This presentation will focus on the Sa'dan Toraja speaking community of Tana Toraja (Toraja Land) in the northern upland of South Sulawesi. Much of what will be presented are the outcomes of a survey which was facilitated by the collaborative project between Kyoto University and Universitas Hasanuddin (Makassar). The survey itself was designed to obtain a more detailed socio economic picture of the community, by focusing on their agrarian aspects.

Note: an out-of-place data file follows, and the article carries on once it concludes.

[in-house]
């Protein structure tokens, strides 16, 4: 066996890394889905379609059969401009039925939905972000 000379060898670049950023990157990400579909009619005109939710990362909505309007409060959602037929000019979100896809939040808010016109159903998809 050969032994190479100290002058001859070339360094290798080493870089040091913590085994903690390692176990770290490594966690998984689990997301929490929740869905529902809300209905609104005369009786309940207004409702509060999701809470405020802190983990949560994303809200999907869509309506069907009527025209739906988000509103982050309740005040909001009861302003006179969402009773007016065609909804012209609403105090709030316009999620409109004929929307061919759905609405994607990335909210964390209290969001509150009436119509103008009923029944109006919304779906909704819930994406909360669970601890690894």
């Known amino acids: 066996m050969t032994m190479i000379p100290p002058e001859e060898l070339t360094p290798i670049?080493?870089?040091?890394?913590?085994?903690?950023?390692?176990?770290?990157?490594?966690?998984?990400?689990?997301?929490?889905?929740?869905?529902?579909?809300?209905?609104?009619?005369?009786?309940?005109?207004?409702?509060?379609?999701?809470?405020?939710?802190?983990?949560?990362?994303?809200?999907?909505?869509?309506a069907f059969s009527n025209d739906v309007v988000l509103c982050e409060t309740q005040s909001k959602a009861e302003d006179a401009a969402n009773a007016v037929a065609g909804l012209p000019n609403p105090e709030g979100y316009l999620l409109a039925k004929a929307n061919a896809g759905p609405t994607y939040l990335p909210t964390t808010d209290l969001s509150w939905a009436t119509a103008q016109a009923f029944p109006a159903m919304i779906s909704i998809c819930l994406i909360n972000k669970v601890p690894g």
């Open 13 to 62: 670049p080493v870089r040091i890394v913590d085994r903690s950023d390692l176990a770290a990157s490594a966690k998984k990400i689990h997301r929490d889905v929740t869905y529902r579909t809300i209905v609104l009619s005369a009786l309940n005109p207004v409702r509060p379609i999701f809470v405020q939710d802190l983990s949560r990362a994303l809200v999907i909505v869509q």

Some of the outcomes of the survey were quite surprising. First of all, there are already widespread private ownership claims to plots of land both of rice fields and of dry fields, contrary to the general understanding‐and persistent claims by local informants‐which suggest predominantly communal ownerships (i.e. controlled by lineage houses‐the tongkonan). Secondly, both ownership patterns and cultivation patterns of rice fields and dry fields are skewed with significant percentages of landlessness. The top 5% of largest rice field owners own more than 55% of total rice field, while the top 5% of largest dry field owners claim about 60% of all dry field. When it comes to actually working on the land, the degrees of concentration are somewhat less with 5% of largest rice field operators cultivate 38.55% of rice fields, and the 5% top dry field operators operate slightly more than half of all dry land. While tenancy in the forms of sharecropping and pawning are common, fixed-rate tenancy is not. There are about 30% rice field owner-operators, and about the same number of rice field tenant households, who own no rice field. More than half of dry land operators, however, are owner-operators. Extra household laborers are used for various works in the fields but especially for harvesting in rice fields. The presentation will be concluded with some preliminary notes on agrarian differentiation in Tana Toraja.